There are many, many good references available to give you a deeper look into Six Sigma. Here are few that I have found to be useful:
The Six Sigma Handbook, Revised and Expanded by Thomas Pyzdek (McGraw-Hill)
This is a very complete and comprehensive look at Six Sigma. It covers a good many of the statistical tools you can use in a Six Sigma program, providing a pretty solid picture of Design of Experiments. It also covers the types of management systems that can complement a Six Sigma program.
The Six Sigma Way by Peter S. Pande et al. (McGraw-Hill)
Here is another thorough look at Six Sigma. The Six Sigma Way describes how you can adapt and implement Six Sigma across a variety of conditions and environments. The emphasis here is on designing the program to align with specific business goals and objectives. A large part of the book is devoted to implementing Six Sigma in this way, and the authors don't shy away from the complexities you'll probably face when using Six Sigma to shape corporate strategies and directions.
Six Sigma for Everyone by George Eckes (Wiley)
This work provides more of a general overview to the theory and practice of Six Sigma. While this book is short and keeps to a general tone, it does provide a good look at the technical and design aspects of the program, featuring lots of statistical charts, graphs, and tables often used in Six Sigma analyses.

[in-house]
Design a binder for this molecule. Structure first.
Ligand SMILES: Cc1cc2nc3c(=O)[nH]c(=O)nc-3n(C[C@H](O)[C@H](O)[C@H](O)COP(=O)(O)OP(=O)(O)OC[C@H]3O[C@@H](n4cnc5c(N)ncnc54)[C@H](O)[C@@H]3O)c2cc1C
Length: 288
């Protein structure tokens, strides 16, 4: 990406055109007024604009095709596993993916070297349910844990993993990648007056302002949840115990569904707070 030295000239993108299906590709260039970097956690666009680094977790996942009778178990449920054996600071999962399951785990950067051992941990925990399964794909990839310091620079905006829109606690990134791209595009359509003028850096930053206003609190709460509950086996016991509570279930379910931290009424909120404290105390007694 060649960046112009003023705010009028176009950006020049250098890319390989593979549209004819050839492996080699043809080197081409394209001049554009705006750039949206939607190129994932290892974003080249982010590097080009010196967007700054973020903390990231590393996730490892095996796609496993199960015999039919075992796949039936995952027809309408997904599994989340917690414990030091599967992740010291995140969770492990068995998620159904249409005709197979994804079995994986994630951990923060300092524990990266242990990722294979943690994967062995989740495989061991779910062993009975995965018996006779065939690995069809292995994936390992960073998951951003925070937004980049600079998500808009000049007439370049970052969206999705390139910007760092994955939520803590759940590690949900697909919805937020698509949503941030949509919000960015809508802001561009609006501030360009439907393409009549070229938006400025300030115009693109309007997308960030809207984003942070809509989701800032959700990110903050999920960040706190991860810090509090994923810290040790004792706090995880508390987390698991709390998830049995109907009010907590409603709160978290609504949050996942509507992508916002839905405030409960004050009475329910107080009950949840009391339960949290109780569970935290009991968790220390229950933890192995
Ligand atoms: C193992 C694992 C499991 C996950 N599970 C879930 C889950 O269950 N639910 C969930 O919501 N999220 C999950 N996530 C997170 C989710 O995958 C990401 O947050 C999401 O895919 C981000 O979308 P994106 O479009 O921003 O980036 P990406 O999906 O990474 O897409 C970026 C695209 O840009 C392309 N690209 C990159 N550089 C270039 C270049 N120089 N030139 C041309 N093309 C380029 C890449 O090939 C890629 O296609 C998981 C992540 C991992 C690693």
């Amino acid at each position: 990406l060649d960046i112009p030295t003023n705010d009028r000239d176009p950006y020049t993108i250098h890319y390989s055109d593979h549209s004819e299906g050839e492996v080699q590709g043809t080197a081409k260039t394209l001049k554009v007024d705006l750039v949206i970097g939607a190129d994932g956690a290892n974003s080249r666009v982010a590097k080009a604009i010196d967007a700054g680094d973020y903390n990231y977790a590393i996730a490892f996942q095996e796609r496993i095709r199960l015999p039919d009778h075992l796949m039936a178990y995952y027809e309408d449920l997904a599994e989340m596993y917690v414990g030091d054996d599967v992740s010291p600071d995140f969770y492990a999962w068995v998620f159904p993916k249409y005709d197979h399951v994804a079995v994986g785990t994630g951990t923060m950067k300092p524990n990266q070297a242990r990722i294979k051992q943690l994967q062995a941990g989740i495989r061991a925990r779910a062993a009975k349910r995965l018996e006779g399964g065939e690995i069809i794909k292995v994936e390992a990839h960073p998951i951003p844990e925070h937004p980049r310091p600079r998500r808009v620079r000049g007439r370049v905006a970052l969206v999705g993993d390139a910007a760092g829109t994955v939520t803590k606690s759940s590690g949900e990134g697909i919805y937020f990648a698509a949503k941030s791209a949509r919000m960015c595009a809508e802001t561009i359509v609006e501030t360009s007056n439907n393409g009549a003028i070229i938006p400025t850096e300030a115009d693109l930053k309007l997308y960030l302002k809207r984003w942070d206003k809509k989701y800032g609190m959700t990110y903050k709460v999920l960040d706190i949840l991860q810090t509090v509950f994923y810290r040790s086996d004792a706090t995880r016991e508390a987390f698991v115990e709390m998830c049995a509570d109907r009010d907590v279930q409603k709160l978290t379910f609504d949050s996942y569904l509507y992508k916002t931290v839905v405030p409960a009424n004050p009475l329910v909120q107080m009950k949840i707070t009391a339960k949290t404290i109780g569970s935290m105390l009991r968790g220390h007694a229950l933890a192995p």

Statistics for Six Sigma Made Easy by Warren Brussee (McGraw-Hill)
The realm of statistics that can be applied to Six Sigma design and analysis is wide and deep, and this book addresses many, many statistical tools and techniques. I don't know if you can call the understanding an easy oneunless statistics is your fortebut this book explains things in a clear and concise way and does a good job of explaining how certain approaches are more appropriate than others for specific types of Six Sigma projects.
What Is Lean Six Sigma? by Michael L. George et al. (McGraw-Hill)
This is a little bookjust over 90 pagesbut anyone brand-new to Six Sigma will find that it provides a handy overview. It's cleanly written and illustrated and takes the reader through the main topics that surround Six Sigma.
Six Sigma for Green Belts and Champions: Foundations, DMAIC, Tools, Cases, and Certification by Howard S. Gitlow and David M. Levine (Prentice-Hall)
From the title, one would think that this is a general-overview type book. But at over 700 pages, it's really a very comprehensive and detailed look at Six Sigma. Its focus is on information useful to Champions and Green Belts, and from that angle, the authors take a solid look at what it takes to sponsor a Six Sigma program, what it takes to run one, and what kinds of activities and considerations are needed to provide ongoing support for the program.